Hmmm... interesting question. What "vintage" are you looking for, exactly? There are a few, probably interrelated, questions here:
1. Is it a particular time period?
2. Is it a particular look?
3. Is it a particular photographer?
Sometimes, as Chris mentioned, what makes the photos look the way they do is a combination of technical factors inherent in the equipment itself. Sometimes it's in the subject matter. Take portraiture for an example; not only has the appearance of the photo itself has changed, but types of dress change over time, and the poses used in portraiture of even a relatively recent vintage -- the fifties, for instance -- is different than today, and also different than what preceded it from, say, the 1890's. Photographers working in the same genre have also relied on different forms and techniques over time. Matthew Brady, Robert Capa, and Nick Ut may all have been war photographers, but their approaches to their subject couldn't have been more different.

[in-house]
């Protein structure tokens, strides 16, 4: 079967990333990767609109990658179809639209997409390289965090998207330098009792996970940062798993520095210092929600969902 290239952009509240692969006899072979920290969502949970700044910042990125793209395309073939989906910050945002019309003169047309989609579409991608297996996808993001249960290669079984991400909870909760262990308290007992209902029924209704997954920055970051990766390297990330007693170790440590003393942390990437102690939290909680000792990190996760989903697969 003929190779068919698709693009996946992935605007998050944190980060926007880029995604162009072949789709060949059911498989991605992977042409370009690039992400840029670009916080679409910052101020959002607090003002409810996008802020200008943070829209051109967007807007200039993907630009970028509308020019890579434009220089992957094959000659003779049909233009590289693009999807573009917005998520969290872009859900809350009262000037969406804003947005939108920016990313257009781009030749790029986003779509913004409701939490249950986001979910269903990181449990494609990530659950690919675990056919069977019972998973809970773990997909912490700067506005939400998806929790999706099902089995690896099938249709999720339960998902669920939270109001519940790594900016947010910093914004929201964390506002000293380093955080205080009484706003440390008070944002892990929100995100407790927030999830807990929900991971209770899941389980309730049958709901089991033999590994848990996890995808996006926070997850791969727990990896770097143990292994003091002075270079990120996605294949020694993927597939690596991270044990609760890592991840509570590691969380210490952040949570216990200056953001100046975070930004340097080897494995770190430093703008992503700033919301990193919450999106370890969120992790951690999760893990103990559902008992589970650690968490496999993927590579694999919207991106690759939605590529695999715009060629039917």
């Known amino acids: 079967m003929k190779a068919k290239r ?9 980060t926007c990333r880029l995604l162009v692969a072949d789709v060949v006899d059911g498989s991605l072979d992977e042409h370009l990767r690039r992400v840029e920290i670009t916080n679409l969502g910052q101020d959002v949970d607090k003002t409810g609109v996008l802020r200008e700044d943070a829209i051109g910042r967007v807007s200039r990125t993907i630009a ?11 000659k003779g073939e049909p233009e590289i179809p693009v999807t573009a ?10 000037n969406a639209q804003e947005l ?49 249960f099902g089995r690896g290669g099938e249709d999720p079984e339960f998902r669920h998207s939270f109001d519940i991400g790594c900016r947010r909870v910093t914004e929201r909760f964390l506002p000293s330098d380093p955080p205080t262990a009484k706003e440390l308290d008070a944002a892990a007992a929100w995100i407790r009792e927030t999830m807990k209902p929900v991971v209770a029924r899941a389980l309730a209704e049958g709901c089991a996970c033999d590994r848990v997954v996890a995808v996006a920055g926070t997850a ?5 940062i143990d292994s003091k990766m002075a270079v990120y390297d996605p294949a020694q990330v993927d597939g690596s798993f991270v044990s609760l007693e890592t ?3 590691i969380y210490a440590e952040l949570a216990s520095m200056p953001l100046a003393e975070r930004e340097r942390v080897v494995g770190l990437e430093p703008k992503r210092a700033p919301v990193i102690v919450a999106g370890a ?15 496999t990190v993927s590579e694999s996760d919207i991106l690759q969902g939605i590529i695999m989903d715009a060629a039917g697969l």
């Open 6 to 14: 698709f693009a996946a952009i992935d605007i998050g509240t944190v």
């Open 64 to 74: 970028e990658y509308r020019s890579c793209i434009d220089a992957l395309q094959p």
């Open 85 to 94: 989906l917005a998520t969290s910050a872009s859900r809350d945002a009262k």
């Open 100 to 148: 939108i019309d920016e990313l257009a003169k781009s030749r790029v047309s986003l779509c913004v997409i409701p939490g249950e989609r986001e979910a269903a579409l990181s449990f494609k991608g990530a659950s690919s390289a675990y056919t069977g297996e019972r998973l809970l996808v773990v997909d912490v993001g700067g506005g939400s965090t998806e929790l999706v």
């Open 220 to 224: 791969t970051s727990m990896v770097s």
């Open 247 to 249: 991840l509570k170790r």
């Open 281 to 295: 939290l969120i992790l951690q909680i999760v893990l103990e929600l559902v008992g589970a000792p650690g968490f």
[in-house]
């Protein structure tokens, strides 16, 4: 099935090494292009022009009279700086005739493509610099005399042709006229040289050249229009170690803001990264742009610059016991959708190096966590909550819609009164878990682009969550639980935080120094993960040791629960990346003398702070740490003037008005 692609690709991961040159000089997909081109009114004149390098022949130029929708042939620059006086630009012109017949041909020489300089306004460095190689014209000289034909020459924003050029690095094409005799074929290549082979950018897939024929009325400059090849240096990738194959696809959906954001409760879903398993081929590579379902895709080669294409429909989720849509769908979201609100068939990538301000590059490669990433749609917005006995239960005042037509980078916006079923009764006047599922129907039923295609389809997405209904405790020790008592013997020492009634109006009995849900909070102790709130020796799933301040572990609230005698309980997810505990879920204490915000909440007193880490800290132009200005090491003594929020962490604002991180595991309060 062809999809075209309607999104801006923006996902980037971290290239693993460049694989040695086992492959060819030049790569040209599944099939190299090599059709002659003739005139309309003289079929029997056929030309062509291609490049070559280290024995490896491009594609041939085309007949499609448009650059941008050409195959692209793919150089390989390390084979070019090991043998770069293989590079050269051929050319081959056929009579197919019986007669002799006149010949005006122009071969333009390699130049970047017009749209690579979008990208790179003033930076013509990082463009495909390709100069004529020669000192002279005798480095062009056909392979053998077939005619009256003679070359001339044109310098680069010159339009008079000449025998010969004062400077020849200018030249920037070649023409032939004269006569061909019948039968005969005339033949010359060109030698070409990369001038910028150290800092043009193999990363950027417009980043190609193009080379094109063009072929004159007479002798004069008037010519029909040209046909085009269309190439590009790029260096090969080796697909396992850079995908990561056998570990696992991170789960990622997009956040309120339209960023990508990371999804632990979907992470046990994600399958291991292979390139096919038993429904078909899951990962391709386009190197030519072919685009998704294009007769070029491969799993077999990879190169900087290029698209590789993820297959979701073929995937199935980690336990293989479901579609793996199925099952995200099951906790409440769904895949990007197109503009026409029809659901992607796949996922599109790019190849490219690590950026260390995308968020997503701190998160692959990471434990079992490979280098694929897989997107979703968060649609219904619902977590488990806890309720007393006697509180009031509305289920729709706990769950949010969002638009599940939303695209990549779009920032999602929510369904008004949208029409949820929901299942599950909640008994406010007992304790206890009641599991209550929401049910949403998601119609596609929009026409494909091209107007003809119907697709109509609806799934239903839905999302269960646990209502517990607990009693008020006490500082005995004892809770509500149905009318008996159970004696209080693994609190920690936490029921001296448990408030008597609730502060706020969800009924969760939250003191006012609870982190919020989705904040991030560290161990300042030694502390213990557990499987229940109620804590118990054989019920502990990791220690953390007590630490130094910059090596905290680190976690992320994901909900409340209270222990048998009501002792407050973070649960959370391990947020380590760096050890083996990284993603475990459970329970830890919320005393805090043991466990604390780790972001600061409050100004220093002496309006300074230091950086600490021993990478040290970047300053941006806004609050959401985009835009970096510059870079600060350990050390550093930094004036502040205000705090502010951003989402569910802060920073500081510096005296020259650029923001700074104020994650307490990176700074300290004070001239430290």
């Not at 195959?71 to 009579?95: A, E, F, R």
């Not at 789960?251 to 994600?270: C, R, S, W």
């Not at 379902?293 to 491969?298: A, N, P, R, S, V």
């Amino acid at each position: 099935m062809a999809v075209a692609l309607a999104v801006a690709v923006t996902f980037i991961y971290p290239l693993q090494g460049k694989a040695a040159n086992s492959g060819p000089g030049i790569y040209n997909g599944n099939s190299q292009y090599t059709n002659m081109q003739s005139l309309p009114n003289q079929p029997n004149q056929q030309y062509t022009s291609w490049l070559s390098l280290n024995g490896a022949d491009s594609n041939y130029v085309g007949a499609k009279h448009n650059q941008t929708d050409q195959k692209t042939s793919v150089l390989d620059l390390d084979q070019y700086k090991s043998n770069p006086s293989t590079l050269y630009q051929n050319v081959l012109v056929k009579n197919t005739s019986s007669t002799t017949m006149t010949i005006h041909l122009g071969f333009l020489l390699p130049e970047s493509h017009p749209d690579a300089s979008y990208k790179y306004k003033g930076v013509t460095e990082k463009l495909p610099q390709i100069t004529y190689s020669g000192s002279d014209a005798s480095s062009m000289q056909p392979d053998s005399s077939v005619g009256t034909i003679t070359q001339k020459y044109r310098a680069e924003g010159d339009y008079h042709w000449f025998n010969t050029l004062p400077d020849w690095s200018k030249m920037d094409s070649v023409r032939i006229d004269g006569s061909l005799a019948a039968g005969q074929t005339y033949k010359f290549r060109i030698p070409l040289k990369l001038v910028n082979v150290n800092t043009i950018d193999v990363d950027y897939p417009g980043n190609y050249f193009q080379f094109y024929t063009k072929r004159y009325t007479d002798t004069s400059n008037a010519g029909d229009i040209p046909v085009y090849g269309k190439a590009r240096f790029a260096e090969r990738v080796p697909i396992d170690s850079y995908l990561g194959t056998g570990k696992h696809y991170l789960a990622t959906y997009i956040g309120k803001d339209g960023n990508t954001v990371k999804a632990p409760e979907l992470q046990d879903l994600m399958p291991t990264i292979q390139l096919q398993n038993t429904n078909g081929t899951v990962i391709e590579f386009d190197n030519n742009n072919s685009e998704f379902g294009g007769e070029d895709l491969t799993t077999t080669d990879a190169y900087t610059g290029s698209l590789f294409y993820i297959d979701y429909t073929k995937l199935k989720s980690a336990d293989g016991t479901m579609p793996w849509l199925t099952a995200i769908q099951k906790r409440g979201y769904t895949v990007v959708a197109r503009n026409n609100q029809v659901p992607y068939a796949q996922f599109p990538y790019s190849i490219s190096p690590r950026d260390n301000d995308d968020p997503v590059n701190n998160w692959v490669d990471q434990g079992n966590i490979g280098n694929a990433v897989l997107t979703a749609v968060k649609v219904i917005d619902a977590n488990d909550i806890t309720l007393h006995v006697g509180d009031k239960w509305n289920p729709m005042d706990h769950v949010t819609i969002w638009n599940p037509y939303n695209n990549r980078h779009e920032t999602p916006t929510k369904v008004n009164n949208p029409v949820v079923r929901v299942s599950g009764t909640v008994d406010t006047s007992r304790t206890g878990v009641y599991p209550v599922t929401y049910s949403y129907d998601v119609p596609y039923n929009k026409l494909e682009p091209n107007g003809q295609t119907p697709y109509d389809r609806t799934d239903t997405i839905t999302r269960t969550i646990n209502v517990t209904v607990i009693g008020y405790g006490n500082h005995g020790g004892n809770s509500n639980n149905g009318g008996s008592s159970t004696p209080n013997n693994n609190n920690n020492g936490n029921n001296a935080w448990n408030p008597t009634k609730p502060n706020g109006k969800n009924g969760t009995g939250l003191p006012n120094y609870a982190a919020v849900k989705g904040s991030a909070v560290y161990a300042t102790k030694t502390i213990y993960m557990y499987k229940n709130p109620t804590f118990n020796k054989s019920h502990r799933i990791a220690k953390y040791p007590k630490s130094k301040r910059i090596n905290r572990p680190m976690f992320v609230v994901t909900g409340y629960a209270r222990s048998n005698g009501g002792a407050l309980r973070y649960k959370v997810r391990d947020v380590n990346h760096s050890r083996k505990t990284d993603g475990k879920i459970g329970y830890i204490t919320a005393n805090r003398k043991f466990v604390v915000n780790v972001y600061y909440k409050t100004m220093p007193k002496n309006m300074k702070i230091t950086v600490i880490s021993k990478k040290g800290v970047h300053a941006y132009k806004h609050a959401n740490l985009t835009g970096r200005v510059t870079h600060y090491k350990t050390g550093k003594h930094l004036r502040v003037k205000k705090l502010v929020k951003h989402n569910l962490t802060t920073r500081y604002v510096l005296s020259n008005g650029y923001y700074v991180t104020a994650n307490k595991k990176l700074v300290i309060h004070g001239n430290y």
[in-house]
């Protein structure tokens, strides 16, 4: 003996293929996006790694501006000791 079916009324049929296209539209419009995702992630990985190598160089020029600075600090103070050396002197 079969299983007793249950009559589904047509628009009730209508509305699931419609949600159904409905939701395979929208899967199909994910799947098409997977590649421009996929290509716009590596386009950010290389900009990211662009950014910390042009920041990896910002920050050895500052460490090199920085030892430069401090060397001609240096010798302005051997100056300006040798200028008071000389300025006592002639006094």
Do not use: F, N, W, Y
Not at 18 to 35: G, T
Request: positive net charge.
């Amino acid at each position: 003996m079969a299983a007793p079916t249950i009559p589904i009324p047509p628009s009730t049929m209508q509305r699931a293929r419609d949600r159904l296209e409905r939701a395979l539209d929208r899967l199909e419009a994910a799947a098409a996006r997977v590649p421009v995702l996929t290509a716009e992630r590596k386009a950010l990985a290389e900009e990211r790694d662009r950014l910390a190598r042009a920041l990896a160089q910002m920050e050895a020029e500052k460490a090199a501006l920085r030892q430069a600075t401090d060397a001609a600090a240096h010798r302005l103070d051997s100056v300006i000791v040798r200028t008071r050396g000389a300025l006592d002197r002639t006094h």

So what's this mean for you? In short, it comes down to two things: figuring out what you're trying to get across (what's this picture about, and how integral is the vintage appearance to that?); then, paying attention to details. The wrong detail (a vintage diner with a Scion parked out front, someone in Victorian garb doing the Macarena) can wreck the effect even if you've gotten many of the other bits right.